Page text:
A few years ago I was in Rome during the Synod on the New Evangelization and I had the opportunity to speak with many of the Synod Fathers and other leaders who were directly or indirectly involved with it. The Synod addressed many elements in the process of evangelization and as I reflected on what I was hearing, I saw four significant pillars emerge: Initial Proclamation, Catechesis, Liturgy & Sacraments, and Missionary Discipleship.
These pillars are inherently foundational, but could also be considered a natural Christian progression or path. A person first encounters the Lord through Initial Proclamation. They are then formed more deeply in the understanding of this encounter through Catechesis. This leads them further into meeting the Lord in the Sacraments and the Liturgy where they are spiritually nourished and strengthened. And they discover that their call to witness to and share their faith with others is in fact their deepest identity as Missionary Disciples.
The Church has done an excellent job of expressing, communicating, and preserving the second and third of these pillars: Catechesis and Liturgy & Sacraments. We have incredible tools and resources to support and nourish the second pillar such as the RCIA, numerous Sacramental Prep programs, Jeff Cavin’s Great Adventure Bible timeline, Fr. Robert Barron’s Catholicism Series, etc. As for the third pillar, the Liturgy & Sacraments are a centerpiece of the Catholic experience and we know how to deliver them well. Consider how smoothly and quickly the implementation of the new translation of the Mass went throughout the English speaking world.
However, when we consider the first and last pillar – Initial Proclamation and Missionary Discipleship – there seems to be a noticeable gap. When we examine the average parish experience, these often seem absent. We could ask, how many people are actually hearing and responding to the initial proclamation? How many homilies give people an immediate and tangible opportunity to put Christ at the centre of their lives? How many parishioners are acting as missionary disciples actively reaching out and bringing new people to their parish? Where are the resources and tools, the formations and training to express, communicate, and preserve these pillars? In fact the Synod recognized these deficiencies in its final propositions:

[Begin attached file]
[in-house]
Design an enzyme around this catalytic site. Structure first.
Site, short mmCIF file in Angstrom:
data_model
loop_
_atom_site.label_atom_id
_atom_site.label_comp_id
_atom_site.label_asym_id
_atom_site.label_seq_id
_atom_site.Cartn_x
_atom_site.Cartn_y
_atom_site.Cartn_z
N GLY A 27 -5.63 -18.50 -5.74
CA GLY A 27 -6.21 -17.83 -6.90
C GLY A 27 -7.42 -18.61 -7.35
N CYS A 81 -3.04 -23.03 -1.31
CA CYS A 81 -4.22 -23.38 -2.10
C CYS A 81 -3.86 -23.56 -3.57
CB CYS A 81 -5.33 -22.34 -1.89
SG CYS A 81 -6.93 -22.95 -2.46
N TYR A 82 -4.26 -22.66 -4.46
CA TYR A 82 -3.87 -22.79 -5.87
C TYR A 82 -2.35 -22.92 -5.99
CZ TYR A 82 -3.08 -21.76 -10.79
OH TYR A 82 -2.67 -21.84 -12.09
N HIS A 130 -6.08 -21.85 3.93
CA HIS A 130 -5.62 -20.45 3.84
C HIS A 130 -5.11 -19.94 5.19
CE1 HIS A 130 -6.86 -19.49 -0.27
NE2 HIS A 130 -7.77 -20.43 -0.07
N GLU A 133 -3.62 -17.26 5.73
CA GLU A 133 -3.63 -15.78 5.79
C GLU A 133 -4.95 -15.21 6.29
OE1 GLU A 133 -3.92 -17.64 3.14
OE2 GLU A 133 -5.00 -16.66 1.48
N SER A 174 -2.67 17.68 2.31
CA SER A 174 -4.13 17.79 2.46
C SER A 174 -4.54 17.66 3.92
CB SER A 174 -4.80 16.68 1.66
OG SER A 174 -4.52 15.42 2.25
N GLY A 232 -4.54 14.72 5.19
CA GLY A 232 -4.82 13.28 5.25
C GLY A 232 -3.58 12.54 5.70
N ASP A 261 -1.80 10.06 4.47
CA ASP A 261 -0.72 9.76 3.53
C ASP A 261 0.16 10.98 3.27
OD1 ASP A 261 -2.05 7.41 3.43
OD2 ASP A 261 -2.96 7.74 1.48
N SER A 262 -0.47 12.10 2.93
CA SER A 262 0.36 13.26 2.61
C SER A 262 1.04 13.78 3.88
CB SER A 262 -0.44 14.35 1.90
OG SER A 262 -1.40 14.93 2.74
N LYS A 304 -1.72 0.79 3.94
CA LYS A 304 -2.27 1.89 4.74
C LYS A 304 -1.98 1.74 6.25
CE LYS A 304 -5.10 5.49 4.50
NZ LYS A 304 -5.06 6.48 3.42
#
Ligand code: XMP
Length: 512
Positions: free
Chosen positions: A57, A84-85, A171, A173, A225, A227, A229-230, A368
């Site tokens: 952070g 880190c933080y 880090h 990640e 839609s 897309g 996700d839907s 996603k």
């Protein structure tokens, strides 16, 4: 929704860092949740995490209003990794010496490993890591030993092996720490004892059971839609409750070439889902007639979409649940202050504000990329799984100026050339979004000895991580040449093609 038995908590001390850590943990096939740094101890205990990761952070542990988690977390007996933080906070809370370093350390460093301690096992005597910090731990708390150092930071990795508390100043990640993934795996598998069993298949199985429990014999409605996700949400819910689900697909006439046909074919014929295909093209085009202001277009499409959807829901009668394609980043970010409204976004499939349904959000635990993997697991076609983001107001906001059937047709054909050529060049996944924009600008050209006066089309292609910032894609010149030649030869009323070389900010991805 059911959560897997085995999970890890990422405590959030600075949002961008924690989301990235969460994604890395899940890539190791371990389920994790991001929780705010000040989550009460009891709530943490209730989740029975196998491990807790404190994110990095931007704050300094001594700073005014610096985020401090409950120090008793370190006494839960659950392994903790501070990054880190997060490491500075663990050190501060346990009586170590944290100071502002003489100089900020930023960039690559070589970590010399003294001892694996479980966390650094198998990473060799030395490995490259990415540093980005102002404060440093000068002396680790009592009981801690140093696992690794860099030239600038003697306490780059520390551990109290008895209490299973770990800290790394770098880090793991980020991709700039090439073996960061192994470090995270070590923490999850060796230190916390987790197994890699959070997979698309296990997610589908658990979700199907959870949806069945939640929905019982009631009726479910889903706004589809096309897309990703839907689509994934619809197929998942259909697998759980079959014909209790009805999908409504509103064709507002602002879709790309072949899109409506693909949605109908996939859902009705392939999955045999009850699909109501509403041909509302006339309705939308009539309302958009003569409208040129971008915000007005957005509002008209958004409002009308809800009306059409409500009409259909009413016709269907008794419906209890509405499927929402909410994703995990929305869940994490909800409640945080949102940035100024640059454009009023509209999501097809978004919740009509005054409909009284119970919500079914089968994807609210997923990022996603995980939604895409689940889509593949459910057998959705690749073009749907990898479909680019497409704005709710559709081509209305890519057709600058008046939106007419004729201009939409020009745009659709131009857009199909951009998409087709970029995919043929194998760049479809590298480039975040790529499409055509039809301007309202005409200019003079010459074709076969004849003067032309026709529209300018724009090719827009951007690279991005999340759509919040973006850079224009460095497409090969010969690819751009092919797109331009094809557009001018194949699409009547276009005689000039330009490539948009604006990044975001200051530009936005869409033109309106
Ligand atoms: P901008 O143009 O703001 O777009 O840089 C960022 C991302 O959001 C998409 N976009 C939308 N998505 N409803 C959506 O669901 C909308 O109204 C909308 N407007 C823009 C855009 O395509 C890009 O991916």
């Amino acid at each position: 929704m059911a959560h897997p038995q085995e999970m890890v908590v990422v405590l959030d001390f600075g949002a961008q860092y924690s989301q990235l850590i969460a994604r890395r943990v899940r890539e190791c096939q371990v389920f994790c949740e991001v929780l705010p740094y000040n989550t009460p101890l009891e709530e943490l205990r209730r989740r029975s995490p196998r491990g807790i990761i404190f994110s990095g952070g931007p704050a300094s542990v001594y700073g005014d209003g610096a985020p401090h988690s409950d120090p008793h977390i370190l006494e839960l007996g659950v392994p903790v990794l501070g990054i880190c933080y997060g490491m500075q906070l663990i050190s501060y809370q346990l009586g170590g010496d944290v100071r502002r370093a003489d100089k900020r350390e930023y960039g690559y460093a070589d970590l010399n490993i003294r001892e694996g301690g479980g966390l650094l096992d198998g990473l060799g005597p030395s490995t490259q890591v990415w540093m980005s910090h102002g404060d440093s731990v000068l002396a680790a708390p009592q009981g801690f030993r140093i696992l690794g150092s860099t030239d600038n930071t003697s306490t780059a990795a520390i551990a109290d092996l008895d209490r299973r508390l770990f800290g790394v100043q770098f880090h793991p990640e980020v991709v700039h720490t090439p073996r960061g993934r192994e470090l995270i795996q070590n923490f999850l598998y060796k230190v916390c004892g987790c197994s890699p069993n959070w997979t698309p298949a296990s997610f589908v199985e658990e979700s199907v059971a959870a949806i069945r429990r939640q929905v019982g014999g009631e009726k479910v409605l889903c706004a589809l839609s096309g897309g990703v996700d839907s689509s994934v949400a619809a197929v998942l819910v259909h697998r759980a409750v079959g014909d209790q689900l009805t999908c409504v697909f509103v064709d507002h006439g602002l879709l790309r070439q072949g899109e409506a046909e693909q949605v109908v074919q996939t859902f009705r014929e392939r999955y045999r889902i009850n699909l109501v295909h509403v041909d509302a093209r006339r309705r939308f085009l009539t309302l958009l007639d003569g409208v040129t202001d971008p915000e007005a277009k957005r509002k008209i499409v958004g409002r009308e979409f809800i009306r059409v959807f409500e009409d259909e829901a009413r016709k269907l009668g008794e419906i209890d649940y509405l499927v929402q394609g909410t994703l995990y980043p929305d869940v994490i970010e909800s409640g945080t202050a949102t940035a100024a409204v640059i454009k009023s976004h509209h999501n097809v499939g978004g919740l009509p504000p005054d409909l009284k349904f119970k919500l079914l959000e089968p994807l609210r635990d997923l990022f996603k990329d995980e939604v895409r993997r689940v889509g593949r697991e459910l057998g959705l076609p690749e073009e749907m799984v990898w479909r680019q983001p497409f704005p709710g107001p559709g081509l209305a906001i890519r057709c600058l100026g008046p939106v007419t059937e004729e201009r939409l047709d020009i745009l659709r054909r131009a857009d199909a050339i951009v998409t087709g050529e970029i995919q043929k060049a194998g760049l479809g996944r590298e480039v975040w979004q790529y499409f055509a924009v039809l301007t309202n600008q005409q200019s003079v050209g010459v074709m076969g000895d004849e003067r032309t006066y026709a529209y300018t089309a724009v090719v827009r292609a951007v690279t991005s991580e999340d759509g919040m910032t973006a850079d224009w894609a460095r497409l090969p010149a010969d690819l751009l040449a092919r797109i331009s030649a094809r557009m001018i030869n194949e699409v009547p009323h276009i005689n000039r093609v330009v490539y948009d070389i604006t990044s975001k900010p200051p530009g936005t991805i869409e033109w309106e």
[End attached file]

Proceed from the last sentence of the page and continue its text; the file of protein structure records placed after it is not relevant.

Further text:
The ‘first proclamation’ is where the kerygma, the message of salvation of the paschal mystery of Jesus Christ, is proclaimed with great spiritual power to the point of bringing about repentance of sin, conversion of hearts and a decision of faith. At the same time there has to be continuity between first proclamation and catechesis which instructs us in the deposit of the faith.
We consider it necessary that there be a Pastoral Plan of Initial Proclamation, teaching a living encounter with Jesus Christ. This pastoral document would provide the first elements for the catechetical process, enabling its insertion into the lives of the parish communities. (#9)
The Church might have neglected these recently but the Holy Spirit has not forgotten the importance of these two pillars. You see them manifested most often in the new movements and associations. They have charisms to attract new or fallen away members to the faith and to empower them to evangelize others. You also see them manifested in our Evangelical brothers and sisters. In fact in many ways, they have preserved these gifts of clear evangelical outreach and passionate kerygmatic mission work in their local churches, their ministries, and their charitable endeavors.
Experience, insight, and practical teaching on these two pillars are also something that CCO in particular has been blessed with. In fact in our official response to the Lineamenta, which was submitted to the Canadian Bishops Conference and the Vatican, we proposed four important considerations for the New Evangelization:
- Make No Assumptions – Since the message of the cross is of vital importance, we should not assume that people have been evangelized already, even those in our parishes.
- Frequent Proclamation of the Kerygma – We should invite people to a personal encounter with Jesus Christ by proclaiming the Kerygma clearly and simply.
- Form Catholics in Their Missionary Identity – Evangelization is not complete until those who are evangelized are evangelizing others.
- Materials and Methods Matter – Simple, transferable evangelistic tools allow people to bring Christ to others in a clear and repeatable way.
Examining these four considerations, we see quite clearly that CCO has a special calling and has been gifted by the Holy Spirit specifically in relation to the first and last pillar – Initial Proclamation and Missionary Discipleship. The Holy Spirit has raised up CCO to be a catalyst for the whole Church in these areas. For the Church to be strong, all four pillars must be strong. But at this precise moment in our history two pillars – Initial Proclamation and Missionary Discipleship – need strengthening otherwise we risk a great collapse of the whole building.